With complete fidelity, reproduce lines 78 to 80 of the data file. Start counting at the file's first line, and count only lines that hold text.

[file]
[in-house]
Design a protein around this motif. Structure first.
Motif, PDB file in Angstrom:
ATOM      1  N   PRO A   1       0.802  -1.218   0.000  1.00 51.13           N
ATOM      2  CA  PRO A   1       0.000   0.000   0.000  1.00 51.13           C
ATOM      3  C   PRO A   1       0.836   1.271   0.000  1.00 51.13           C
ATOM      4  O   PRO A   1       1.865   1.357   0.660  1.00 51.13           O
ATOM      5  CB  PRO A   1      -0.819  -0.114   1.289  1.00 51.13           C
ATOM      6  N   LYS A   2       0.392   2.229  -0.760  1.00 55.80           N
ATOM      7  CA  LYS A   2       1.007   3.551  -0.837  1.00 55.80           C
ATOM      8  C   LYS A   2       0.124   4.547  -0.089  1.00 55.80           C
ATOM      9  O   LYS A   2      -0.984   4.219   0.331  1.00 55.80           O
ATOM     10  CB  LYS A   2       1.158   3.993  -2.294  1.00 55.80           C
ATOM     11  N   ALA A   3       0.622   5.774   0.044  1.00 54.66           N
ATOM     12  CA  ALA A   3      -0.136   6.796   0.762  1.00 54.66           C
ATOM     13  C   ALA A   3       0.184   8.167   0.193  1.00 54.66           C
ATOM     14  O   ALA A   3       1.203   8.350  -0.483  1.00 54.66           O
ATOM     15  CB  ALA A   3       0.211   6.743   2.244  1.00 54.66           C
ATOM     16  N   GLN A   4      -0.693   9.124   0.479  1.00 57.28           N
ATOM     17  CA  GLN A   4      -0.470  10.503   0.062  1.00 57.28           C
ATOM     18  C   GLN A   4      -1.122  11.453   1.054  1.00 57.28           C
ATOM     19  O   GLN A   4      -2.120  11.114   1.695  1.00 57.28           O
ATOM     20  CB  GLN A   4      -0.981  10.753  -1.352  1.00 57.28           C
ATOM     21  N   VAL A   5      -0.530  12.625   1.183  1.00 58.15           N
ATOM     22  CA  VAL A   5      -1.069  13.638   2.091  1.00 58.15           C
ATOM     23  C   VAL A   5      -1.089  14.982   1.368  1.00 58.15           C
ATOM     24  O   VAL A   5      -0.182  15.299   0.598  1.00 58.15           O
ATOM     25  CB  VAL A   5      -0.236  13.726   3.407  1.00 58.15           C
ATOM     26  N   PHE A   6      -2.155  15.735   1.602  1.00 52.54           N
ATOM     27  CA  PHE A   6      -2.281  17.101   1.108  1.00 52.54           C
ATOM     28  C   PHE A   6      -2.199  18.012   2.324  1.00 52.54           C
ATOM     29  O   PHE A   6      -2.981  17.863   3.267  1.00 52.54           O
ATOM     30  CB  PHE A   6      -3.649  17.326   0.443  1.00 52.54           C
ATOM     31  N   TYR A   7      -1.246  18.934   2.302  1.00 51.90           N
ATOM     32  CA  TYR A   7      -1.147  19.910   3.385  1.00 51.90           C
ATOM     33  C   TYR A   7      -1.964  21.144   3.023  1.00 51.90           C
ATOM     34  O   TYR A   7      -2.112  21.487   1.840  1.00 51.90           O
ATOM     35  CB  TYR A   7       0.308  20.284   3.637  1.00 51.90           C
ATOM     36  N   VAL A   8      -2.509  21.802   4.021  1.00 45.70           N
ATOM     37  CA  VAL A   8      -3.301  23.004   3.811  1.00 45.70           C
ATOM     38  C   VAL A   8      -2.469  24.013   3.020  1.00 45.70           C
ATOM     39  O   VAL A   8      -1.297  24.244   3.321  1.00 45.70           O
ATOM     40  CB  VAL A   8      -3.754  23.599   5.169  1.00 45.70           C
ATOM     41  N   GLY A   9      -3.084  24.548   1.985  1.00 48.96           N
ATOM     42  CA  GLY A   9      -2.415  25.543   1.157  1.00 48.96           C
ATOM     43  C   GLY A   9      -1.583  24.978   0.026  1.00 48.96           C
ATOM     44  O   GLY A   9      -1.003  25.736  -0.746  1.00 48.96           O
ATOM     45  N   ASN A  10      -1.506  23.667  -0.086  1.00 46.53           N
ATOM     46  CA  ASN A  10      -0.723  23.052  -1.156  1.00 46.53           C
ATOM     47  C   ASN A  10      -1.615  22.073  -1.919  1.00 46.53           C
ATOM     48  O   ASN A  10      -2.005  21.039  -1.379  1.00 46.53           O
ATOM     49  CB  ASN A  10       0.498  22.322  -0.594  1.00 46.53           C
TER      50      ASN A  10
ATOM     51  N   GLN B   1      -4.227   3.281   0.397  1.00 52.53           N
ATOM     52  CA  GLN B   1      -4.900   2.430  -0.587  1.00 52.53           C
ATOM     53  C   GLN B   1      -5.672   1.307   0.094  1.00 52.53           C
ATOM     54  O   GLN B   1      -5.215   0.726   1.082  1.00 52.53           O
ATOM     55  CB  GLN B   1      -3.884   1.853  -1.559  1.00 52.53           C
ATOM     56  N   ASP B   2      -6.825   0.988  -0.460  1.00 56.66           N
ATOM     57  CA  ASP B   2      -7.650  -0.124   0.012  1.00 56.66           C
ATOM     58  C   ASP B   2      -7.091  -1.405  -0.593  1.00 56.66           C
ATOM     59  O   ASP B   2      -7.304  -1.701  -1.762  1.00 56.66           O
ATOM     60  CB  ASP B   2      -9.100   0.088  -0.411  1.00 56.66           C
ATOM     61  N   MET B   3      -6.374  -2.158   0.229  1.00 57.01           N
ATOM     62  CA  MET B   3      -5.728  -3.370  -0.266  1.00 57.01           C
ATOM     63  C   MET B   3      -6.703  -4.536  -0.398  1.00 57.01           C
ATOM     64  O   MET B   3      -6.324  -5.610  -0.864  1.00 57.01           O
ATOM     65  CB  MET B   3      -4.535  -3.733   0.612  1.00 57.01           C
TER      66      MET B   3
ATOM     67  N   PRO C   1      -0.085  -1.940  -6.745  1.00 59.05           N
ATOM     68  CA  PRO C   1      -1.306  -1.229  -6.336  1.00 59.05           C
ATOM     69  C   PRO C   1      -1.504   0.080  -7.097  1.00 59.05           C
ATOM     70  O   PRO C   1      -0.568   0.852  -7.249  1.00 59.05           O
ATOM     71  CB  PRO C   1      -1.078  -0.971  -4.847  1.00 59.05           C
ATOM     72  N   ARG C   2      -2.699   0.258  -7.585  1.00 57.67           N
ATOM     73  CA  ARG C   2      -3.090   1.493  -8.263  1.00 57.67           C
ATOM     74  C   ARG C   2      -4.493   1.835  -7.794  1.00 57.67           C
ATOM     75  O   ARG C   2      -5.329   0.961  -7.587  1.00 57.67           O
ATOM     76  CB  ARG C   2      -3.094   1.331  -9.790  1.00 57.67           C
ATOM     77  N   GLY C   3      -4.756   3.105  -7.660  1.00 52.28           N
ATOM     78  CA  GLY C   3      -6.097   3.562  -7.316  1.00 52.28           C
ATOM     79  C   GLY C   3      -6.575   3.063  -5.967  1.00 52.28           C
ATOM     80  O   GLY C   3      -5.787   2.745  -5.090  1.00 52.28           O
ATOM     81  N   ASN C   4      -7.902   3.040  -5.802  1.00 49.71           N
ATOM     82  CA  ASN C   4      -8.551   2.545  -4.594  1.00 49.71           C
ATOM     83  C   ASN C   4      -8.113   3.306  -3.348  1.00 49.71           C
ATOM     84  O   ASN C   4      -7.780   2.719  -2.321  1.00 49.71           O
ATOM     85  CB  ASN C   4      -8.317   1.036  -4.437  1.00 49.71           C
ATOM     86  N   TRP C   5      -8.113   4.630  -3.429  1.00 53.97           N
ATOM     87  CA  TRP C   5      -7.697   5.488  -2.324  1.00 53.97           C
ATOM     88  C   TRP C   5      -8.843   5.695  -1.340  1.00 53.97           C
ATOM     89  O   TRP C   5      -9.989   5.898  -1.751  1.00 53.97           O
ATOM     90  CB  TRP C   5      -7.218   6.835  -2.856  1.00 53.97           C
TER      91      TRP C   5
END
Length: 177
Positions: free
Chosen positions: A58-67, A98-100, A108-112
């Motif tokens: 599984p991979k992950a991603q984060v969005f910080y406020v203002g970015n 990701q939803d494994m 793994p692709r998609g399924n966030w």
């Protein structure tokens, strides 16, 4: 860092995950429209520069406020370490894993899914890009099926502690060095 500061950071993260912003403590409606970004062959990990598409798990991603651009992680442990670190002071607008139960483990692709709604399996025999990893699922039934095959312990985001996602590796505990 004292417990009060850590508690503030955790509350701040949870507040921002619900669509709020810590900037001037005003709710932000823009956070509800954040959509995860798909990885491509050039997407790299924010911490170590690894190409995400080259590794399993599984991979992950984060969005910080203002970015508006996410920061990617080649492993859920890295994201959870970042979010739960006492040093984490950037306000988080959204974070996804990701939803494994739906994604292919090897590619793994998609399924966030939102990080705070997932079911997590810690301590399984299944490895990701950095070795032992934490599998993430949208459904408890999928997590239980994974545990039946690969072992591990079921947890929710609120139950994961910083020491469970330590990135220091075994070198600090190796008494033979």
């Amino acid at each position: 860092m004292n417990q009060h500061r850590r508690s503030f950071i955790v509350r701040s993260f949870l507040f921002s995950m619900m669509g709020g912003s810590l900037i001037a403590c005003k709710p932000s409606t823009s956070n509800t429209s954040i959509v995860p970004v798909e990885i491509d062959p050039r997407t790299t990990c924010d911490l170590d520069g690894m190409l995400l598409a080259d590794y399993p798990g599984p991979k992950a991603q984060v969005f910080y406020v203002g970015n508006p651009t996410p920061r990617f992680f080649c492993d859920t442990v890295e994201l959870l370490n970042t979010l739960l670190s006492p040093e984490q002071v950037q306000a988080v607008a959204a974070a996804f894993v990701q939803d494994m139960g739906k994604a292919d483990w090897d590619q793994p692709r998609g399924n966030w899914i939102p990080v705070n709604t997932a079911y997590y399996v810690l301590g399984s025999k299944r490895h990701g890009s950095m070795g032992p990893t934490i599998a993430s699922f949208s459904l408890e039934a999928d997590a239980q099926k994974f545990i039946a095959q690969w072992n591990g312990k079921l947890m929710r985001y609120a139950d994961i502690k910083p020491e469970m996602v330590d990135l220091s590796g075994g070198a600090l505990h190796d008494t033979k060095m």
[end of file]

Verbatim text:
ATOM     75  O   ARG C   2      -5.329   0.961  -7.587  1.00 57.67           O
ATOM     76  CB  ARG C   2      -3.094   1.331  -9.790  1.00 57.67           C
ATOM     77  N   GLY C   3      -4.756   3.105  -7.660  1.00 52.28           N